|Altar beside walkway near Cinque Terre, Italy|
Here is the devotional from Richard Rohr & CAC today:
This made me laugh - "...and I just told you." How loving, how personal, how direct.
When I came to the part that mentioned that "doing it right" makes us "fall in love with ourselves," and not with God, that made me stop. Um, yes, precisely. Who doesn't want to feel good about himself/herself? And the work which we do is often the vehicle for this - doing, producing, and having some good works or products to show for it makes me feel good.
I was raised this way - it's become "the American Way." And it's not a bad thing...it's just not the primary thing, not the only thing. It's possible that my book and video project have become a kind of ego-salve for me right now, just as the guild and raising awareness and funds for cancer research have been. They are good works, but for whom (Whom) are they being done? I'd like to think they are for God and my fellow man...and in thinking so, I feel good - about myself.
Seeking God and divine union is a different motivation than seeking to feel better about my own life, myself, or seeking relief from the pain of grief. Good works are good...but I pray not to let them make me feel independent of God. He is my life, my breath, my love...I am nothing without Him. Being human, most of our motivations and actions are a mixed bag, but it's helpful to be reminded to Whom I (we) belong.
"Many people not only lose the benefit, but are even the worse for their mortifications [i.e., sacrifices, abstensions]. It is because they mistake the whole nature and worth of them. They practice them for their own sakes, as things good in themselves; they think them to be real parts of holiness, and so rest in them, and look no further, but grow full of a self-esteem, and self-admiration for their own progress in them. This makes them self-sufficient, morose, severe judges of all those that fall short of their mortifications. And thus their self-denials do only that for them, which indulgences do for other people--they withstand and hinder the operation of God upon their souls; and instead of being really self-denials, they strengthen and keep up the kingdom of self. - William Law (1686-1761), "The Spirit of Prayer"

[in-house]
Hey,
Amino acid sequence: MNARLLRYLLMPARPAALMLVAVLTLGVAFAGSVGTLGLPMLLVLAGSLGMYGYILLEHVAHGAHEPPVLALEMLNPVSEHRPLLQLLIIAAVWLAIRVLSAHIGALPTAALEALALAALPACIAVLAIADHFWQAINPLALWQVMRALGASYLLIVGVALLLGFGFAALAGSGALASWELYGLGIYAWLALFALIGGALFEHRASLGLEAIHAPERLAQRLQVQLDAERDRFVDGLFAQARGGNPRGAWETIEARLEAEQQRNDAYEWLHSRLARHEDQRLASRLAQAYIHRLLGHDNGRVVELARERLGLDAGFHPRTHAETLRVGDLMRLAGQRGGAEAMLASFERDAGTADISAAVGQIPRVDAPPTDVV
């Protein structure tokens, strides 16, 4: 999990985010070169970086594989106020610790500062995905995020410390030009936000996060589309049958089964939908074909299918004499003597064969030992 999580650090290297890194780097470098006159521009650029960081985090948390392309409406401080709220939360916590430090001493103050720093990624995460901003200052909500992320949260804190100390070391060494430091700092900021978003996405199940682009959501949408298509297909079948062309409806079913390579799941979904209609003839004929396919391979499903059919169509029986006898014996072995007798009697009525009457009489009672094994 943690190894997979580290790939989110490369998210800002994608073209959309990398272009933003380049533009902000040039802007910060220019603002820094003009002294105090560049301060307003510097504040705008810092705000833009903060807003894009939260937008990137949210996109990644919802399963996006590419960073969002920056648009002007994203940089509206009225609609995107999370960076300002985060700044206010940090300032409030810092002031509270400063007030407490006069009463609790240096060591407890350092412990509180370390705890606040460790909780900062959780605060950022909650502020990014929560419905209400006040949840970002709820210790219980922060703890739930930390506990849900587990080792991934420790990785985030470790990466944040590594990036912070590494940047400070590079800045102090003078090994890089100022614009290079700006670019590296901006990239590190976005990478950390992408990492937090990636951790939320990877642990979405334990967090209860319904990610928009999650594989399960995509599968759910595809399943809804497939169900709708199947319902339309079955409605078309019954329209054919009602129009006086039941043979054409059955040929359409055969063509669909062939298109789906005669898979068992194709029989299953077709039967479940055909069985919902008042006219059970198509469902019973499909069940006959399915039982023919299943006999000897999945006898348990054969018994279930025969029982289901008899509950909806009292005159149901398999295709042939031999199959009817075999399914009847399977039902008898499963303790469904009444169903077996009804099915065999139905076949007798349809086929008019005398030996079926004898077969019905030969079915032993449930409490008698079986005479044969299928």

Ex 40:16-21, 34-38 says that "Moses did exactly as the LORD had commanded him. On the first day of the first month of the second year the Dwelling was erected. It was Moses who erected the Dwelling...He took the commandments and put them in the ark...as the LORD had commanded him. Then the cloud covered the meeting tent, and the glory of the LORD filled the Dwelling. Moses could not enter the meeting tent, because the cloud settled down upon it and the glory of the LORD filled the Dwelling. Whenever the cloud rose from the Dwelling, the children of Israel would set out on their journey. But if the cloud did not lift, they would not go forward; only when it lifted did they go forward. In the daytime the cloud of the LORD was seen over the Dwelling; whereas at night, fire was seen in the cloud by the whole house of Israel in all the stages of their journey."
So for nearly 40 years, "in all the stages of their journey," everyone could clearly see the light at night, and could clearly read the daytime signs as to whether they were to stay where they were, or move ahead. How beautiful, to have directions so clear! And how interesting, that the glory of the Lord was so great that there wasn't room in the tent for Moses. That makes me smile at "ego," too...Moses had done a lot of listening to God, and after his calling, had devoted his life to God...but still, there wasn't room for Moses in that tent, because the glory of the Lord filled it. That fact might encourage appropriate awe and respect for the Lord.
A gentle reminder to the ego: it's not about you; it's about God (and God is Love).